21. Hola! says:

    Gotta love the optimism (9? really?), but for an offense heavily reliant on Arod, who doesn’t appear able to play 140 games anymore, and a pitching staff with serious concerns after CC and AJ, I believe that love is naive.

    I suspect many of you have assumed the Yankees budget of 210m is a joke. For your sakes, you better be right because I can’t even imagine Colon, Millwood and Garcia, along with the other chaff, being long for this division.

    I’ll give them a solid “6″, translatable into 85-90 wins, because pitching and defense, two areas NY is lacking, is more important in this post-steroids era.

    • Ted Nelson says:

      Their payroll is at closer to $190 mill right now, so they still have $20 mill to go before hitting $210 mill. Plus they added both Berkman and Wood last season, so I don’t see much reason to assume they won’t spend on improvements if they present themselves.

      “an offense heavily reliant on Arod, who doesn’t appear able to play 140 games anymore”

      How is this offense heavily reliant on A-Rod? He’s a great hitter, sure, but this is still a great offense without A-Rod. How do they rely on him more than any other club does on their clean-up hitter?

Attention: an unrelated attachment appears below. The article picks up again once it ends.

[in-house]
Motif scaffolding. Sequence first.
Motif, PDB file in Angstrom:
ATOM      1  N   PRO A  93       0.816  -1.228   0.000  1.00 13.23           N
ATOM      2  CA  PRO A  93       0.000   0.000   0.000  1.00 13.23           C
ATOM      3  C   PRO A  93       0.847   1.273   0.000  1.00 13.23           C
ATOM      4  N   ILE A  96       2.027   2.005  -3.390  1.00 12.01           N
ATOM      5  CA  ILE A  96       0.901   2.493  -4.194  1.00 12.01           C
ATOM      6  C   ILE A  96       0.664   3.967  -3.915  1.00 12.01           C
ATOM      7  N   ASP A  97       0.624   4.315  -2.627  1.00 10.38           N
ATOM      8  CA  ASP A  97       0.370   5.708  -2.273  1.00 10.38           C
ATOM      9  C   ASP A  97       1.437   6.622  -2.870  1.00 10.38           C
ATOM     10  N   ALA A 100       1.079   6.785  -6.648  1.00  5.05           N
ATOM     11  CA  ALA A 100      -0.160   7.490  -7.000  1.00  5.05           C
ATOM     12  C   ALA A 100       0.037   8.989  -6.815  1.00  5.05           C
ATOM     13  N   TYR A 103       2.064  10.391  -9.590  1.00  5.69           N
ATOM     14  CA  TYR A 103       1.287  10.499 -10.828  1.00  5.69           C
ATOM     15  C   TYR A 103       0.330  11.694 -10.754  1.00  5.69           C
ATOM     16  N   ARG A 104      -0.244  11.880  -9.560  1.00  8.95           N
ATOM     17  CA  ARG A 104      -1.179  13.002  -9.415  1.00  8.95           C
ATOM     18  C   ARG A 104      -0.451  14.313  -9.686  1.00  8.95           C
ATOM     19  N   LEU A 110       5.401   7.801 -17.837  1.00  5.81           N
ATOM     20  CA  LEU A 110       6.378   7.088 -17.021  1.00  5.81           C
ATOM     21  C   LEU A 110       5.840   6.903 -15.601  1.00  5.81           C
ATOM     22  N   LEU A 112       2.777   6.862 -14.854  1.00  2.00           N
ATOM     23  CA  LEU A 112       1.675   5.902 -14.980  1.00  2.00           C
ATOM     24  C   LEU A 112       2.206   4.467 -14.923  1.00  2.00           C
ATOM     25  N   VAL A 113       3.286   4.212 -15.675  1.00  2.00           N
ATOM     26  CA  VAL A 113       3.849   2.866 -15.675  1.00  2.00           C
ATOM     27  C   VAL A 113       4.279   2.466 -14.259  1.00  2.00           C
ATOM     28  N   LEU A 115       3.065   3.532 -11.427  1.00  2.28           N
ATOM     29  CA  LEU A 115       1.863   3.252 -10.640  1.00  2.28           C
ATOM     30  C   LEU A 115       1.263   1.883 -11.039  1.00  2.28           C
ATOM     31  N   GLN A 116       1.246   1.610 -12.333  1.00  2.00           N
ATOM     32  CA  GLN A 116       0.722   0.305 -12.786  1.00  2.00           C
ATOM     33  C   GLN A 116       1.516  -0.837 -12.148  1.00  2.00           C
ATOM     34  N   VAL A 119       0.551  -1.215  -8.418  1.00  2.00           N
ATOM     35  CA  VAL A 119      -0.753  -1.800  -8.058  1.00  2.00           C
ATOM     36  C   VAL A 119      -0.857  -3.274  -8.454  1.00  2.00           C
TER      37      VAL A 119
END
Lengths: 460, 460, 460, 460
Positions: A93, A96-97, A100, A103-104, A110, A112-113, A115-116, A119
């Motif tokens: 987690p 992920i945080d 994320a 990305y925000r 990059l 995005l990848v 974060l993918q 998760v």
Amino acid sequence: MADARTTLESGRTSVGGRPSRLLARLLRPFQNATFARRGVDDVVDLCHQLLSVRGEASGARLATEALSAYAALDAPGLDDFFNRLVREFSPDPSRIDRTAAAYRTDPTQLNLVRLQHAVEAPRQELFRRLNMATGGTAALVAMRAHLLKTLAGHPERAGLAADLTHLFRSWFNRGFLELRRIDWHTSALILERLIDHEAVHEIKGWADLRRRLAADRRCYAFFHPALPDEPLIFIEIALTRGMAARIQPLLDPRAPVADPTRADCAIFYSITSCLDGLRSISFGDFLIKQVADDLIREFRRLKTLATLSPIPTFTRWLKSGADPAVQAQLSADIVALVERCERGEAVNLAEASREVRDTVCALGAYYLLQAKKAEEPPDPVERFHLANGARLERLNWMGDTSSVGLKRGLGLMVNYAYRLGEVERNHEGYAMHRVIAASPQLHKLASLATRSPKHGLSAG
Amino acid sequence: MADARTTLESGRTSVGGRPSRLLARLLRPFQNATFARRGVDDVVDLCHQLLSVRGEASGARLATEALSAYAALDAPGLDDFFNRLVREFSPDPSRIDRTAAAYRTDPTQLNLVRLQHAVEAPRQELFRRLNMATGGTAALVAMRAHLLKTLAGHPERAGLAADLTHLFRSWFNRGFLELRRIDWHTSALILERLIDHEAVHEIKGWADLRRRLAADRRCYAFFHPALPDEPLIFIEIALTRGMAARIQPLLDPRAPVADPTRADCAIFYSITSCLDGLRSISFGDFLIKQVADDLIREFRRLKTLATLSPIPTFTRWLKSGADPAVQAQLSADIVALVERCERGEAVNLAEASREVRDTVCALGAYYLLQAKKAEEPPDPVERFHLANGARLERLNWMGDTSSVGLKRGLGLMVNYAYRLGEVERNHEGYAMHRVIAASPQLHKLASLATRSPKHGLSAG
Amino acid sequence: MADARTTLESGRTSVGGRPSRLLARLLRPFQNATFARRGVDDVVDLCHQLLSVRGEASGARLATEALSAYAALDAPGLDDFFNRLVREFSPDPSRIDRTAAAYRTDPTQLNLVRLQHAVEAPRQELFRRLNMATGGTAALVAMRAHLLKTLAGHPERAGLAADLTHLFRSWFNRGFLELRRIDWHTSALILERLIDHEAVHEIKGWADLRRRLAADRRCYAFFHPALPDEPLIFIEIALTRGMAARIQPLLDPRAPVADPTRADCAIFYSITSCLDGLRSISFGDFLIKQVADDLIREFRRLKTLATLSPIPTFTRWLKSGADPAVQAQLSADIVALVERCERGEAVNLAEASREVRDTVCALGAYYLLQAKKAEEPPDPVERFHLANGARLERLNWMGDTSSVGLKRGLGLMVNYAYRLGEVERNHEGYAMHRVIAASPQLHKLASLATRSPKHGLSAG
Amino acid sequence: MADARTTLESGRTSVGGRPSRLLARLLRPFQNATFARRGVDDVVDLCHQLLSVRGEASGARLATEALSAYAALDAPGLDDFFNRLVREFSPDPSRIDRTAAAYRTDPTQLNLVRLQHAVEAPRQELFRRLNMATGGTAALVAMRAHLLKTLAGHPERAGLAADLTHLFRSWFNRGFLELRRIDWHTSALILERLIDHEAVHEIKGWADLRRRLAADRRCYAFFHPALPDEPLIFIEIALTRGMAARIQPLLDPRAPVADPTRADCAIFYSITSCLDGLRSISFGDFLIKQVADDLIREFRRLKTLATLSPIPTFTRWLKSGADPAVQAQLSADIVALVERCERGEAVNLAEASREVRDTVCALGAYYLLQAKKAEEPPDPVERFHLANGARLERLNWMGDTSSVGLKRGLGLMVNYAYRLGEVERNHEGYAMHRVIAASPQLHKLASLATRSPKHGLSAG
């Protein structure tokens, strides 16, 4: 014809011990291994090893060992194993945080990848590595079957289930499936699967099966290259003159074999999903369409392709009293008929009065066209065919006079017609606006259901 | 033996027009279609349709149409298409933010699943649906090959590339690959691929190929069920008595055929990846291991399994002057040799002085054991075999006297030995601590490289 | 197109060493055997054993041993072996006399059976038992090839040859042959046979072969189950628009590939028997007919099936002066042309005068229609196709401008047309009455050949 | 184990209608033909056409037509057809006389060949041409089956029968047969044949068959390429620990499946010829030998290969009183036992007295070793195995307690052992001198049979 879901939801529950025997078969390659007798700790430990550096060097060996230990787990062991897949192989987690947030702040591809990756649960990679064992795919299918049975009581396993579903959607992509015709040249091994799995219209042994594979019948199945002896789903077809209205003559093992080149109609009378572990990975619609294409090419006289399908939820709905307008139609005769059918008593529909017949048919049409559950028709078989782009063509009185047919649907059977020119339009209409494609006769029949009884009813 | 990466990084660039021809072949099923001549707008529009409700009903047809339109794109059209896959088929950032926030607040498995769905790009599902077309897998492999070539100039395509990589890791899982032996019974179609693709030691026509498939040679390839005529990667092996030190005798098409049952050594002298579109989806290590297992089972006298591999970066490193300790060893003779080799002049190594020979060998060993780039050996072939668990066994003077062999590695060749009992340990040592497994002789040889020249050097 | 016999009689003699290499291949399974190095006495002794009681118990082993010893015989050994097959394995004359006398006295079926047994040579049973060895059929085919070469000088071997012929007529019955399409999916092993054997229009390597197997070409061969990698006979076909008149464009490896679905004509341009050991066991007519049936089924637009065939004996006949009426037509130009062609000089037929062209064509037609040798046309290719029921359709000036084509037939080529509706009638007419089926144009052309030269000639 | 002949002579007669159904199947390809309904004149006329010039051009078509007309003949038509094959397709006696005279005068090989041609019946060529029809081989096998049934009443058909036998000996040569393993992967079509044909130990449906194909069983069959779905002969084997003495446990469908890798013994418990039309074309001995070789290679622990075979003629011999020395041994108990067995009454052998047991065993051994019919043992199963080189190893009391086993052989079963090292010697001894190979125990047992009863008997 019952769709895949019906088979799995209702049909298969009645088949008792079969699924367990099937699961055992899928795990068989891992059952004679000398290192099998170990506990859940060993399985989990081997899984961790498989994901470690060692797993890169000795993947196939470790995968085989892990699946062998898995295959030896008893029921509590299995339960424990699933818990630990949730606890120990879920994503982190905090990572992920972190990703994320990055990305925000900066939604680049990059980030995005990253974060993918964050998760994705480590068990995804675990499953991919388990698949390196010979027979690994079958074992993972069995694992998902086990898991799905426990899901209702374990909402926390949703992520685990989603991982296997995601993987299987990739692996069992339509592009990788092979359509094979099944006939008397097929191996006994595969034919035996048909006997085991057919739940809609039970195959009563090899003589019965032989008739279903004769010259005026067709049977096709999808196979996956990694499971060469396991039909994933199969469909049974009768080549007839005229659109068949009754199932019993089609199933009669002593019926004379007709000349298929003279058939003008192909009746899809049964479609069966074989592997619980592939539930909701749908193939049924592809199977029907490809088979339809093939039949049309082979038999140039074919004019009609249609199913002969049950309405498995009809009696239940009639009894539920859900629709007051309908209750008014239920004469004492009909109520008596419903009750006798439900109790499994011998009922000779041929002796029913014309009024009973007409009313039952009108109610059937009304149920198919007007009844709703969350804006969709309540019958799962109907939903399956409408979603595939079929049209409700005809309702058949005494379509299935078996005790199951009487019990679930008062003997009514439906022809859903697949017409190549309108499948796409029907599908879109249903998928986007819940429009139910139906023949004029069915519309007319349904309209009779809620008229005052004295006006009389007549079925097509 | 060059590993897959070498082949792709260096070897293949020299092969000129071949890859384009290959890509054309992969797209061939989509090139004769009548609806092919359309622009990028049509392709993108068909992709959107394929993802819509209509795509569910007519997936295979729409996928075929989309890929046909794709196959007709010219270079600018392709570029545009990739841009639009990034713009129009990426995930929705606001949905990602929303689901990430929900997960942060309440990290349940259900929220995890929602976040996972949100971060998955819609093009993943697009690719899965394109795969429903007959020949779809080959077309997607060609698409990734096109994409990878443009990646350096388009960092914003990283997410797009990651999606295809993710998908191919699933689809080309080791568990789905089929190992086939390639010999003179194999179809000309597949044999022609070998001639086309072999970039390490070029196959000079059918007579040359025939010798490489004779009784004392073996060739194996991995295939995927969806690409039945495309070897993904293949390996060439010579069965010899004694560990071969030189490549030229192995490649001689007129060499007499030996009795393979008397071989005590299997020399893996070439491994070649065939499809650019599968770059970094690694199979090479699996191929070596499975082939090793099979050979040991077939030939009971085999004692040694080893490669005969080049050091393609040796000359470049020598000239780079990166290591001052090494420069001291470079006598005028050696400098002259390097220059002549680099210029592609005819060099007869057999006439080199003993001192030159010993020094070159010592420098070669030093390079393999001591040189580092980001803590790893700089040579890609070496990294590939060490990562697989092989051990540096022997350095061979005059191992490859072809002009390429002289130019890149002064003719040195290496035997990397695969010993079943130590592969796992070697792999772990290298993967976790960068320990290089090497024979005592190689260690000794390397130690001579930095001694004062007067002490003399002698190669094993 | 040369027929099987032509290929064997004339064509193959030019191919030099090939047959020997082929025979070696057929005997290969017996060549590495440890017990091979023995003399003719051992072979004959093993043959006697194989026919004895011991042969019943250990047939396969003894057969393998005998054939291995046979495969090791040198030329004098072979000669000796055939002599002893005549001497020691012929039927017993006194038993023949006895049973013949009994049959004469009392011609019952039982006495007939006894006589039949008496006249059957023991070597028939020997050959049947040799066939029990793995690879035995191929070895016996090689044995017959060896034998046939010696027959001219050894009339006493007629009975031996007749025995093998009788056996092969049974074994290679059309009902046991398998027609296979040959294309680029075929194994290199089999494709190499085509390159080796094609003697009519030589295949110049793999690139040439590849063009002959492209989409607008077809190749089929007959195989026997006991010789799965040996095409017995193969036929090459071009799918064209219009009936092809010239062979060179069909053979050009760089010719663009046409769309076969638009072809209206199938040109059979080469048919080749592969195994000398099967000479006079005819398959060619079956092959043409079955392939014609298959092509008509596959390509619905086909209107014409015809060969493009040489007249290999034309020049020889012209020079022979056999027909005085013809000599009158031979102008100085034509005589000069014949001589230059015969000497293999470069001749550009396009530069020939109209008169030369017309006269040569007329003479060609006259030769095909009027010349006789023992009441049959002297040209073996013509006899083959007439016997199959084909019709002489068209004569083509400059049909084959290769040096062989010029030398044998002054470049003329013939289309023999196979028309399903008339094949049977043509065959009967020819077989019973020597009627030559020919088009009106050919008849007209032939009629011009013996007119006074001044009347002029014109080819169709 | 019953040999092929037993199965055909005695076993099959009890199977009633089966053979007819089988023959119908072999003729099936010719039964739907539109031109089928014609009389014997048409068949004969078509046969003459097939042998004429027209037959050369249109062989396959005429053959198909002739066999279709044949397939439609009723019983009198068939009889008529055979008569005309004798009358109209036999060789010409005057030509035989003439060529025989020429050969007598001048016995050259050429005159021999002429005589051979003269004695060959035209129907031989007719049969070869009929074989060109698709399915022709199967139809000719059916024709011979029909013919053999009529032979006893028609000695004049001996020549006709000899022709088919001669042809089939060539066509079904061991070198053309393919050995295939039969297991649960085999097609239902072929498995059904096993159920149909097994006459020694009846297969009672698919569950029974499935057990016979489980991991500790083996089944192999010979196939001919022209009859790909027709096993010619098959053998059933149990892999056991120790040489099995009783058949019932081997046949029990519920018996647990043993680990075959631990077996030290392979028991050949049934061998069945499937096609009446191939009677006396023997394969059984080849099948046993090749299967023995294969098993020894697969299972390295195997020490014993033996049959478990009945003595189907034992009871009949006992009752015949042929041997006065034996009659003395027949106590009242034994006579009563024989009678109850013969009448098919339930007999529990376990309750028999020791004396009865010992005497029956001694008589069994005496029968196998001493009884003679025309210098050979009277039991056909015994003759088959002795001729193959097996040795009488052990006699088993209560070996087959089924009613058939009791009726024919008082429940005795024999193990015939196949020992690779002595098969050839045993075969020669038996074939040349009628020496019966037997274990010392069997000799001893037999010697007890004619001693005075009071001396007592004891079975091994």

• murakami says:

        It is so not a great offense without ARod.

        It’s still chocked with good bats, but the key to the Yankee lineup right now is that ARod and Cano are two of the best bats in terms of talent in all of baseball. Setting aside Cano’s early struggles with OBP, they are both capable of getting on base to a terrorizing degree along with crazy slugging.

        Those two make our lineup the best in baseball.

        • Ted Nelson says:

          It’s the best in baseball with A-Rod, but it’s still one of the best without him. “Great” is a pretty nebulous term, but the Yankees offense would be fine without A-Rod.

          The comment I responded to said that he can’t play 140 games and that’s a problem. Last season he played 137, had the worst season of his career, and the Yankees still had the best offense in baseball. That A-Rod might only play 140 games isn’t a huge concern.

          • murakami says:

            The lineup would be “fine” without ARod?

            Not a chance.

            • Ted Nelson says:

              What are you basing that on besides “because I say so?”